(What I Learned About) Ego, Opinion, Art & Commerce, Goo Goo Dolls Warner Brothers

Paul Wong
Courtesy of Warner Bros.

Ok. I have never listened to any Goo Goo Dolls albums in my life. By choice. I only know them from the MANY times I”ve heard their singles, which I have never been very impressed with. So I”ll admit that I had both a lack of knowledge and an overabundance of deep-seated bias going into my first Goo album. Well, Ego, Opinion, Art & Commerce isn”t really an album. But it”s not a live or (thank god) greatest hits package either. Instead it”s a disc full of remastered/remixed songs from the entire Goo catalogue (Only one song, “Naked,” was a single). And that catalogue, judging from Ego, is not really anything to celebrate.

With this one CD, the Goo Goo Dolls have announced to the world that they have finally honed their apathy-causing skills. It”s quite a feat their sound has actually gotten more and more bland with each new release. The album follows a backward course, starting with songs from 1998″s Dizzy Up the Girl, their most recent album, and finishing with a track from their 1987 self-titled debut. The earlier material is straight-forward pop punk, and is, by definition, fairly catchy, if not striking. The later stuff is the typical Goo Goo Dolls that various media outlets have spewed at us. Usually, about now, I”d go into some detail about specific tracks, but as there weren”t any spectacularly good or tremendously awful moments, there”s nothing to say.

Not having any previous Goo exposure to draw upon renders me unable to identify what exactly they did to the various songs on Ego, but I will say this: I thought remastering/remixing meant an attempt to improve upon or change. What the hell did they do here? It all sounds like the filler it likely was the first time anybody heard it.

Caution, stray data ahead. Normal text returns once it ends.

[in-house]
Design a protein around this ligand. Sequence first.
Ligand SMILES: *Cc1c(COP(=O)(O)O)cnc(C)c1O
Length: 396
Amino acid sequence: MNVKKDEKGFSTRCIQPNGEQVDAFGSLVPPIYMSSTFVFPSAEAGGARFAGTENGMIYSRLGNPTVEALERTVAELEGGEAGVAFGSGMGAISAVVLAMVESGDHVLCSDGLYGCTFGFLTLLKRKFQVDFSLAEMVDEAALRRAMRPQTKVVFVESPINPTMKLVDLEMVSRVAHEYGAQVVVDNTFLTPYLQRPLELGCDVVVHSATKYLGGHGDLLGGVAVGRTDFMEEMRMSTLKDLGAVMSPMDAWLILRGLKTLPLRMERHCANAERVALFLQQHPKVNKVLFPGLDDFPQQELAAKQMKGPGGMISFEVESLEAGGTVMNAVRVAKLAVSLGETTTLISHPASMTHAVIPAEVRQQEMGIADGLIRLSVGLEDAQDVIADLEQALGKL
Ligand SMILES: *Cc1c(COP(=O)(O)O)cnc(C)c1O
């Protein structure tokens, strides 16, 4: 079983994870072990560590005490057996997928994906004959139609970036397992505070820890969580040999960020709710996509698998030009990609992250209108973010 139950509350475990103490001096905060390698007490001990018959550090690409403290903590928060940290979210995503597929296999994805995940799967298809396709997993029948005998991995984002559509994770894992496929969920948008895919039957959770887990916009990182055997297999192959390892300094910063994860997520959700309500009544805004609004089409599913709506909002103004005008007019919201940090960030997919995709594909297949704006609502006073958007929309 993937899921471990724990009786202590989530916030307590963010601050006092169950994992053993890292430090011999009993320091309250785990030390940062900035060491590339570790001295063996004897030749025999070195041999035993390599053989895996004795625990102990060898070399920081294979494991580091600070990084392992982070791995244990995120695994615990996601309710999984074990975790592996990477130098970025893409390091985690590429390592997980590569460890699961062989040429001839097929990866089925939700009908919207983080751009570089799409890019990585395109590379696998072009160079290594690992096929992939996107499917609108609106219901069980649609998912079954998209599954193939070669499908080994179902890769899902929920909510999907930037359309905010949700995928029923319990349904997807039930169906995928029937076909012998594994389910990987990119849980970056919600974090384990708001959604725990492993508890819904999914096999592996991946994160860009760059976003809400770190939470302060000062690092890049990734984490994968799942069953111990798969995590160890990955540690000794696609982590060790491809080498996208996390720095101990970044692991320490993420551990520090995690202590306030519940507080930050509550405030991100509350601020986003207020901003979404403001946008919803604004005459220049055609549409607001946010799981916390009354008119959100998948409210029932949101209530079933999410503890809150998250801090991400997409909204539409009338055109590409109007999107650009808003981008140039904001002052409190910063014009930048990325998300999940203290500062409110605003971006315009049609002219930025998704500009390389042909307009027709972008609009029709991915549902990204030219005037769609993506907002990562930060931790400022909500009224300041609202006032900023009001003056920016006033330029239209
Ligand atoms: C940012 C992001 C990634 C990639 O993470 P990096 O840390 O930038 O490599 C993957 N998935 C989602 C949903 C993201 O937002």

I”ll give you that they are fairly decent musicians, and Rzeznik does a good job sounding sexy for the lay-dees, but the songs on Ego are all formulaic and predictable.

Ego does offer something neat for die-hard fans in a special Internet key to a secret Goo Goo Dolls site where you can download rare videos and b-sides, see unpublished photos, send personalized Goo postcards and catch up on the latest band news.

I do have to call attention, however, to the fact that one area of the site gives you the ability to look through Ego”s booklet and download songs from the album. Seeing as you have to buy the album to access the site, you already have the songs and the booklet. All in all, it looks like the Dolls are attempting to cash in on loyal fans and buy time until they get off their royalty-laden asses to make a new record.

Grade: C-

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